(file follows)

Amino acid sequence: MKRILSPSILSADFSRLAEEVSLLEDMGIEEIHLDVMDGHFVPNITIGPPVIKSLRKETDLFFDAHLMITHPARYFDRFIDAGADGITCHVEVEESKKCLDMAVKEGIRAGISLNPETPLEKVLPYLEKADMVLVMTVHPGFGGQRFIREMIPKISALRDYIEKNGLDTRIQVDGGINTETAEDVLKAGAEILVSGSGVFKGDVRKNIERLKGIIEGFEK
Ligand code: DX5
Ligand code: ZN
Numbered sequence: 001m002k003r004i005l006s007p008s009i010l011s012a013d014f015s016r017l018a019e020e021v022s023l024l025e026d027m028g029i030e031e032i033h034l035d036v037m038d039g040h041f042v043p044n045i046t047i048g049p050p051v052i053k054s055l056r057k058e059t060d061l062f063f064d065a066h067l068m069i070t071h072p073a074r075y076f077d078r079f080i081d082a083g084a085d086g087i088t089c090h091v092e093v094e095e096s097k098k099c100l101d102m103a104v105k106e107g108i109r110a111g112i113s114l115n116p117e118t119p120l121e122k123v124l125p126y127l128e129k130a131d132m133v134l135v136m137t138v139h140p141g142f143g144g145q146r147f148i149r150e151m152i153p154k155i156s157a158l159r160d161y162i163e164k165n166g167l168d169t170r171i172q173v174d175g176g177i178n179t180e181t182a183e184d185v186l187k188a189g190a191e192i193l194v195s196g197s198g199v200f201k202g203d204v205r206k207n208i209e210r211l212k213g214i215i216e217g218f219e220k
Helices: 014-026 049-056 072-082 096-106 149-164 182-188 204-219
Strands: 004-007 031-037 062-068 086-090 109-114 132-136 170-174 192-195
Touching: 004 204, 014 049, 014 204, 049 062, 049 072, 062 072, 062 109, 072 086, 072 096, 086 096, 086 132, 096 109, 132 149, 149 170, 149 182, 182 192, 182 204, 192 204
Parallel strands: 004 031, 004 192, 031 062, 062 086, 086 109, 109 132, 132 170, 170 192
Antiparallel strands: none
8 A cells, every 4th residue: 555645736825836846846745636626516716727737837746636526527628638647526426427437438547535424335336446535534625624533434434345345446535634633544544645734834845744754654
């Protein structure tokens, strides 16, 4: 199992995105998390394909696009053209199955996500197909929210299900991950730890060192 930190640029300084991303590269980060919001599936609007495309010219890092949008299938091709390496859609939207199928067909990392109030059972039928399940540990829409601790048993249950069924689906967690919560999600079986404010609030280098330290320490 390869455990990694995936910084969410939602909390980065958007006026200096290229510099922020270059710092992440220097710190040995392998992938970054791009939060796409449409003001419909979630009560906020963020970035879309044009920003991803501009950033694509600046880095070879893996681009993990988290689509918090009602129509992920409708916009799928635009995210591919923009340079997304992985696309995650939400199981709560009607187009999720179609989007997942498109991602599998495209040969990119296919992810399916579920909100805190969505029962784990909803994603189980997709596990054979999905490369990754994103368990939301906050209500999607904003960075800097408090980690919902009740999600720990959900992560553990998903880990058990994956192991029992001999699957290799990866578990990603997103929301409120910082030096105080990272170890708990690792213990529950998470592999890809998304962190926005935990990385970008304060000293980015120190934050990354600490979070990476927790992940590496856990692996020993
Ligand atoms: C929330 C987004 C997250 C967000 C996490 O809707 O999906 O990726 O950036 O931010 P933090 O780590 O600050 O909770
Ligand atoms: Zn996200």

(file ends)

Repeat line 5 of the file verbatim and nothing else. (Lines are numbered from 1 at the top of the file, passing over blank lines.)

Helices: 014-026 049-056 072-082 096-106 149-164 182-188 204-219